Crestwood plans summer 2017 launch of New York rail terminal

December 14, 2016 By    

Image courtesy of Crestwood Services

Crestwood Services plans to develop a new rail terminal in Montgomery, New York.

The Montgomery terminal is expected to open in the summer of 2017, according to Crestwood. The terminal will serve propane marketers in New York, New England and other parts of the Northeast.

The terminal will include a 16-spot rail rack operating two switches per day, which will assure a capacity of up to 100 trucks per day or a volume of 1 million gallons, Crestwood says. The four-spot truck rack with can pumps will load four trucks in 17 minutes to reduce wait times during peak winter months.

In addition, the Middleton and New Jersey Railroad, which can operate seven days per week, will service the terminal, Crestwood adds.

“With this facility, we can provide propane marketers in New York and the Northeast with reliable supply since the terminal is backed by product controlled by Crestwood from multiple shale producers in the Marcellus and Utica,” says Andy Ronald, vice president of commercial development and national accounts at Crestwood Services. “We are confident the Montgomery terminal will bring much-needed supply to customers in New York and across New England and the Northeast.”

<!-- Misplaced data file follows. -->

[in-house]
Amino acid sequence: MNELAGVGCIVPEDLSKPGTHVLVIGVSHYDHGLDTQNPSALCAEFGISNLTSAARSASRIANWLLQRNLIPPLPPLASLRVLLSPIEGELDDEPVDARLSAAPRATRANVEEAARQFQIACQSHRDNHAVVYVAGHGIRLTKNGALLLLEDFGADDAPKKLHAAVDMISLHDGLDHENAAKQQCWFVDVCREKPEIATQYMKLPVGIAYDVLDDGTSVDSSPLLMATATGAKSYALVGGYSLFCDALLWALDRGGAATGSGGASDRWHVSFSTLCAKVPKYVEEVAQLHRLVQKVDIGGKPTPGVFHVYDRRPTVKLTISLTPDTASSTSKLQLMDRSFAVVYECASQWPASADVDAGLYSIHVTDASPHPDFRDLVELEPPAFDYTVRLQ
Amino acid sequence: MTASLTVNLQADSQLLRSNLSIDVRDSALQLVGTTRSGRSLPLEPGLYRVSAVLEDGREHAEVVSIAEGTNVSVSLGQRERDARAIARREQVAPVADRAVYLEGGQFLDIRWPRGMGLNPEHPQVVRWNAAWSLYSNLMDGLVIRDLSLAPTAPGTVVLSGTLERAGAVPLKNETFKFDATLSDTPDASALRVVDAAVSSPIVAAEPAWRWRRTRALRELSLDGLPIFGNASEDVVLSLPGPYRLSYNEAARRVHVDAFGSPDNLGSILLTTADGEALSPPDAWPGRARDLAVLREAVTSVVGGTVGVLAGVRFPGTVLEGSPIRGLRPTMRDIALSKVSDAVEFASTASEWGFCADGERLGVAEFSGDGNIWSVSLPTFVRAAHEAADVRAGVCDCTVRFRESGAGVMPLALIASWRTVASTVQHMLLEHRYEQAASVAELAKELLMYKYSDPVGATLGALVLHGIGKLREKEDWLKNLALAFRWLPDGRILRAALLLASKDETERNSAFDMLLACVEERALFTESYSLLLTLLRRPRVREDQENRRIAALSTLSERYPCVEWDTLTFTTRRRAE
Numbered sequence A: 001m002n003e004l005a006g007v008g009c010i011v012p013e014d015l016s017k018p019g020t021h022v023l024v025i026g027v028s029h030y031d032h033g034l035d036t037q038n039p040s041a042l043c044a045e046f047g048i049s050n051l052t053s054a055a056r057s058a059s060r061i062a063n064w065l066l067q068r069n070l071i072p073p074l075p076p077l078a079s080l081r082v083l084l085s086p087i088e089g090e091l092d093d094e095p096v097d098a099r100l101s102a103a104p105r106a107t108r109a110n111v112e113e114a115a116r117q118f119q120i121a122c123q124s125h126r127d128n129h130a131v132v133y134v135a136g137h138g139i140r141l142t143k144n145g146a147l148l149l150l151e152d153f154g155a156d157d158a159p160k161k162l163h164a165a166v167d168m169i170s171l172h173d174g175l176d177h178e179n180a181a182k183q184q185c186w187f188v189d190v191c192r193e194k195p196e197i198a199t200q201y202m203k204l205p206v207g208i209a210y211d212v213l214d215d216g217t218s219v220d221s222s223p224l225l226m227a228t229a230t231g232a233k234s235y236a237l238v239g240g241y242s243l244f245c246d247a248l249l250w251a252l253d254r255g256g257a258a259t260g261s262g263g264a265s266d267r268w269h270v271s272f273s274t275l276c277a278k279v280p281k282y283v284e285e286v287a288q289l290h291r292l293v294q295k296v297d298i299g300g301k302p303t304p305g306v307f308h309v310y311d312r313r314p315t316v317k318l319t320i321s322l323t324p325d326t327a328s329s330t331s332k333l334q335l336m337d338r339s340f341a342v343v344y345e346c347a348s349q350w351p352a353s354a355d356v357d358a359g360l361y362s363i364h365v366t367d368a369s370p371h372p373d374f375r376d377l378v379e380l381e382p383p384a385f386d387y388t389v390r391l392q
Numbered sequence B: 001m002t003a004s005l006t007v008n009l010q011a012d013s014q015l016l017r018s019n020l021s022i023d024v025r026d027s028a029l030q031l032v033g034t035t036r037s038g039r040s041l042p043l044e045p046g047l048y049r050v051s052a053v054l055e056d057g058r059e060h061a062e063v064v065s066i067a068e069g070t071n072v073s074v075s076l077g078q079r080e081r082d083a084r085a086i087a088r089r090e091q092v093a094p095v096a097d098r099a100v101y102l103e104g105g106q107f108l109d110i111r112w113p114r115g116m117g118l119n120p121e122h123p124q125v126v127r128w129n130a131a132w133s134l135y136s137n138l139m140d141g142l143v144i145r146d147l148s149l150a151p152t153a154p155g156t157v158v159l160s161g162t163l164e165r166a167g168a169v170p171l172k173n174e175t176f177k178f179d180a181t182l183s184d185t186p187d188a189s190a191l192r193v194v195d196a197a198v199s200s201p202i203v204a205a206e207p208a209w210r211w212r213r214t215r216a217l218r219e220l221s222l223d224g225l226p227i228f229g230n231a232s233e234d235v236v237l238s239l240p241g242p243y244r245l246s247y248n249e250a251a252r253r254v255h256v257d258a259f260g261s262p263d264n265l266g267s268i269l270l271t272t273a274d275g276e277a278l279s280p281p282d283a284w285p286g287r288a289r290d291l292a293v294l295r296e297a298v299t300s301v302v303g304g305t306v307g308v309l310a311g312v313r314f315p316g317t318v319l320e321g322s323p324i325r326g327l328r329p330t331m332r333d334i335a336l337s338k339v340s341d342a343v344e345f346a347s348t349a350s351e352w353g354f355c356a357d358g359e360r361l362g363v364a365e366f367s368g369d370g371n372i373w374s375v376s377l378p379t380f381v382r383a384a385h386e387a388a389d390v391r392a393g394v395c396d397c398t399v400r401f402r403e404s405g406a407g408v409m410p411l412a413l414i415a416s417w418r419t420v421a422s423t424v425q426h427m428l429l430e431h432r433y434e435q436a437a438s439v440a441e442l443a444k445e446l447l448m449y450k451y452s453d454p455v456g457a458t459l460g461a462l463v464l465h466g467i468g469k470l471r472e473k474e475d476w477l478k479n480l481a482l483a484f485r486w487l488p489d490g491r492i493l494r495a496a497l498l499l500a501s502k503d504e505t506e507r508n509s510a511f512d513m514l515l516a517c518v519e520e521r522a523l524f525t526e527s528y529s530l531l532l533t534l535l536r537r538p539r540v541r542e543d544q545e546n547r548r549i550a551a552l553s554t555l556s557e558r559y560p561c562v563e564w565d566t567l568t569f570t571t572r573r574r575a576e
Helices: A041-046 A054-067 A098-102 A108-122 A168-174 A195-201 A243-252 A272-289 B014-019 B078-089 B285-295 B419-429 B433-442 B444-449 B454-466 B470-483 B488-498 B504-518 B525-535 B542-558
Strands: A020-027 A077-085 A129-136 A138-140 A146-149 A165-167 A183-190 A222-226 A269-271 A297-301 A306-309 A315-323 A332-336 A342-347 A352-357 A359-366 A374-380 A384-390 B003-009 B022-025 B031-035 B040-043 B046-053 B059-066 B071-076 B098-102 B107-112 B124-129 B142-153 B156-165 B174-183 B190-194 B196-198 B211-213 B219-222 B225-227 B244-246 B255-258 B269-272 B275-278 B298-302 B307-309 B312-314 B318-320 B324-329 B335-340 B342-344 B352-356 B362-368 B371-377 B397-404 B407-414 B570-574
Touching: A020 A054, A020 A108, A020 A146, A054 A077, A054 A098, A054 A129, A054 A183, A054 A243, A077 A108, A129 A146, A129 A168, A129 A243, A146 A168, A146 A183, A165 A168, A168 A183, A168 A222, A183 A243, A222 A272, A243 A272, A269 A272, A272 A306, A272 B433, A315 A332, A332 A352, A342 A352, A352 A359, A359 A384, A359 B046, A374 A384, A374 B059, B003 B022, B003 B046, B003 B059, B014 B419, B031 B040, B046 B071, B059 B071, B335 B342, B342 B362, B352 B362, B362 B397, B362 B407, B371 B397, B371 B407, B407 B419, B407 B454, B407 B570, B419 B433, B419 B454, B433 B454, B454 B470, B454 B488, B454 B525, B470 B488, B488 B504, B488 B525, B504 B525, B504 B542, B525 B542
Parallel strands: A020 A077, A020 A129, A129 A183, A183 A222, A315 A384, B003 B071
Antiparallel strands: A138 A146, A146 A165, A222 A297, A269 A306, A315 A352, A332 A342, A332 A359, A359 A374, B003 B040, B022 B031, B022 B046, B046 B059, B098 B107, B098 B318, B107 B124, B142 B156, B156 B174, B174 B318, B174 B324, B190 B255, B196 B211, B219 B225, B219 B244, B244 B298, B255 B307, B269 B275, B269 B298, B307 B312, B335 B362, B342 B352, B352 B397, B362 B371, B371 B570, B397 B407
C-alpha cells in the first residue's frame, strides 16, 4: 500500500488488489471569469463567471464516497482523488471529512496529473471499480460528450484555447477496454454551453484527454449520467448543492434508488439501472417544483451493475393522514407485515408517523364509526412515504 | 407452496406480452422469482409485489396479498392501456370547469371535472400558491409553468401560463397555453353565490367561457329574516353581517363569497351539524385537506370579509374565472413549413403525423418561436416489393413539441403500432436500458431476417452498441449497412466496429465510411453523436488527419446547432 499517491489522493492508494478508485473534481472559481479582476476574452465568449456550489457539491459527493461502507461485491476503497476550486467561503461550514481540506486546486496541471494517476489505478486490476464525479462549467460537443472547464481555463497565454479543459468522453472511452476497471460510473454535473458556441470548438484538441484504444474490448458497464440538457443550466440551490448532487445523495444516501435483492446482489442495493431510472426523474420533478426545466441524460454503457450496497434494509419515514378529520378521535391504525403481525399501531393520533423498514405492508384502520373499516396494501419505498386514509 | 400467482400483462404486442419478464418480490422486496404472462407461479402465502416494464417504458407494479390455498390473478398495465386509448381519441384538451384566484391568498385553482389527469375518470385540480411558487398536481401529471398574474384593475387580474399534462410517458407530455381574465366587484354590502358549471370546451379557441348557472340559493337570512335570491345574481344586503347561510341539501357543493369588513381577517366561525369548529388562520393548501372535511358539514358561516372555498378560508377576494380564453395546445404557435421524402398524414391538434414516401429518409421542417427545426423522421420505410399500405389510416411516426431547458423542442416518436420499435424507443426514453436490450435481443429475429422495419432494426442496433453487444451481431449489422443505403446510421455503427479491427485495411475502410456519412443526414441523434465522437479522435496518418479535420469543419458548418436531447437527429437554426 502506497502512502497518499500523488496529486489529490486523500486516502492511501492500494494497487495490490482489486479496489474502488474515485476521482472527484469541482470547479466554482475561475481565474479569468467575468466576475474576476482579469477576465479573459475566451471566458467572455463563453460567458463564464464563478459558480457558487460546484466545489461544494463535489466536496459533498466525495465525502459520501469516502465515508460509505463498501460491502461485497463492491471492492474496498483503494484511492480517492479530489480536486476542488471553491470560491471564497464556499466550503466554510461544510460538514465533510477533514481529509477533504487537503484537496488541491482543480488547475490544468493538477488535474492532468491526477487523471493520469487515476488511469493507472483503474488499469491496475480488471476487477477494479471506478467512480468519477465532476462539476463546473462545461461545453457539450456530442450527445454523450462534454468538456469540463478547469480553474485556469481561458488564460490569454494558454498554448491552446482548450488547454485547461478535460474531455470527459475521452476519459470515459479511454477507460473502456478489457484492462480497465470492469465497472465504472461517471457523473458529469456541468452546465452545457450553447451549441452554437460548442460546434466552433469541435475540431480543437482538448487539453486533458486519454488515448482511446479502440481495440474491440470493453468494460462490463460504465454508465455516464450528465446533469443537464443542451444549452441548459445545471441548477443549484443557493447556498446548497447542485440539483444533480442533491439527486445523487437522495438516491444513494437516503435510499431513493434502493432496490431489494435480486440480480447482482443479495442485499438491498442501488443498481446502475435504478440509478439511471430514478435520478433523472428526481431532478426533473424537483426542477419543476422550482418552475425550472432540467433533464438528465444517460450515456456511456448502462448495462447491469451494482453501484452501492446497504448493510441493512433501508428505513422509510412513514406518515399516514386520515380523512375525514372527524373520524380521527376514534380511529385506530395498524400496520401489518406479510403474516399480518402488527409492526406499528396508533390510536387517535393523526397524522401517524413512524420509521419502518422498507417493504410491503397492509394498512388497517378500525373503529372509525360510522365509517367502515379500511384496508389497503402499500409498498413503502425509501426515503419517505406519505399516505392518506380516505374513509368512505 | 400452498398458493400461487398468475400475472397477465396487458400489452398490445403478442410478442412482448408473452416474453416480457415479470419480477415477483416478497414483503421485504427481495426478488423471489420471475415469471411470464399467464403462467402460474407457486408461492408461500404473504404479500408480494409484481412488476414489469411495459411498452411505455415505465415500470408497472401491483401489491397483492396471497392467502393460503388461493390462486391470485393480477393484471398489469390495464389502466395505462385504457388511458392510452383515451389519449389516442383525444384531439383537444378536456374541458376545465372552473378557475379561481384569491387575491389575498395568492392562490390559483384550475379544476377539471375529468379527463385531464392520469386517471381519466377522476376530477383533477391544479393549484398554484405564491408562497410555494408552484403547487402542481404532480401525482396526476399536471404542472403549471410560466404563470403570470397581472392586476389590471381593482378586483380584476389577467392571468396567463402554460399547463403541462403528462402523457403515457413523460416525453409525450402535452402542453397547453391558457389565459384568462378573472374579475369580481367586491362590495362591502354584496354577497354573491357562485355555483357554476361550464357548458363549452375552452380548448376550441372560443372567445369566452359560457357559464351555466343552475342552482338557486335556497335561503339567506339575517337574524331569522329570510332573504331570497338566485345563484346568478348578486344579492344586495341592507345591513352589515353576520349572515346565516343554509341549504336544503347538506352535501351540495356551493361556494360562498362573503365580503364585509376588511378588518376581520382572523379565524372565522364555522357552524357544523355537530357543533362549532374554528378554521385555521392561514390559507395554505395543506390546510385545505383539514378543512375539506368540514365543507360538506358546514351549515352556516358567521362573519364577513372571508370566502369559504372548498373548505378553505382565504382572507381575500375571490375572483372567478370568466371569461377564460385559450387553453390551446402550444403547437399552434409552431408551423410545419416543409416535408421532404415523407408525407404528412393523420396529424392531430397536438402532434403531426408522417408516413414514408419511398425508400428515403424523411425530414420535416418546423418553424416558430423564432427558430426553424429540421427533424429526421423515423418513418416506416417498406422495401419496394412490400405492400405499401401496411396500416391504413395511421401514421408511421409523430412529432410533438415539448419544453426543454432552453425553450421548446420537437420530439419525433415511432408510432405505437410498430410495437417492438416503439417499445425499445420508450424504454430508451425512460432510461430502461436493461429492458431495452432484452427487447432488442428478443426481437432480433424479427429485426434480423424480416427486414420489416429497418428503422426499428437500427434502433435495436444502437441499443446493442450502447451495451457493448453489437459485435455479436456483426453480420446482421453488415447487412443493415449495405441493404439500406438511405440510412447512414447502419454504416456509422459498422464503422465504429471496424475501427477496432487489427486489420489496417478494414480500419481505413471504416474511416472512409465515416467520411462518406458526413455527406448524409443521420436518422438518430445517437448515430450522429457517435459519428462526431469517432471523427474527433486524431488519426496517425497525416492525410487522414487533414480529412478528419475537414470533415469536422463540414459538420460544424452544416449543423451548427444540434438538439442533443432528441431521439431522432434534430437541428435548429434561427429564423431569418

Pricing structures are available for varied supply plans and regional uses, including summer-only plans and full-ratio structures to meet any need, the company says.

1 Comment on "Crestwood plans summer 2017 launch of New York rail terminal"

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  1. Just one more reason why the LPG storage facility on the shoreline of Seneca Lake, the largest body of freshwater in NY State, the drinking water supply for 100,000 residents, and the Heart of the Finger Lakes wine and tourism industry is not only a bad idea, but isn’t even necessary. Instead of Crestwood continuing to push this ill conceived project only because it’s cheap storage solution, perhaps they should pursue projects where the propane is closer to the end user. In the long run, that makes more economic sense anyway.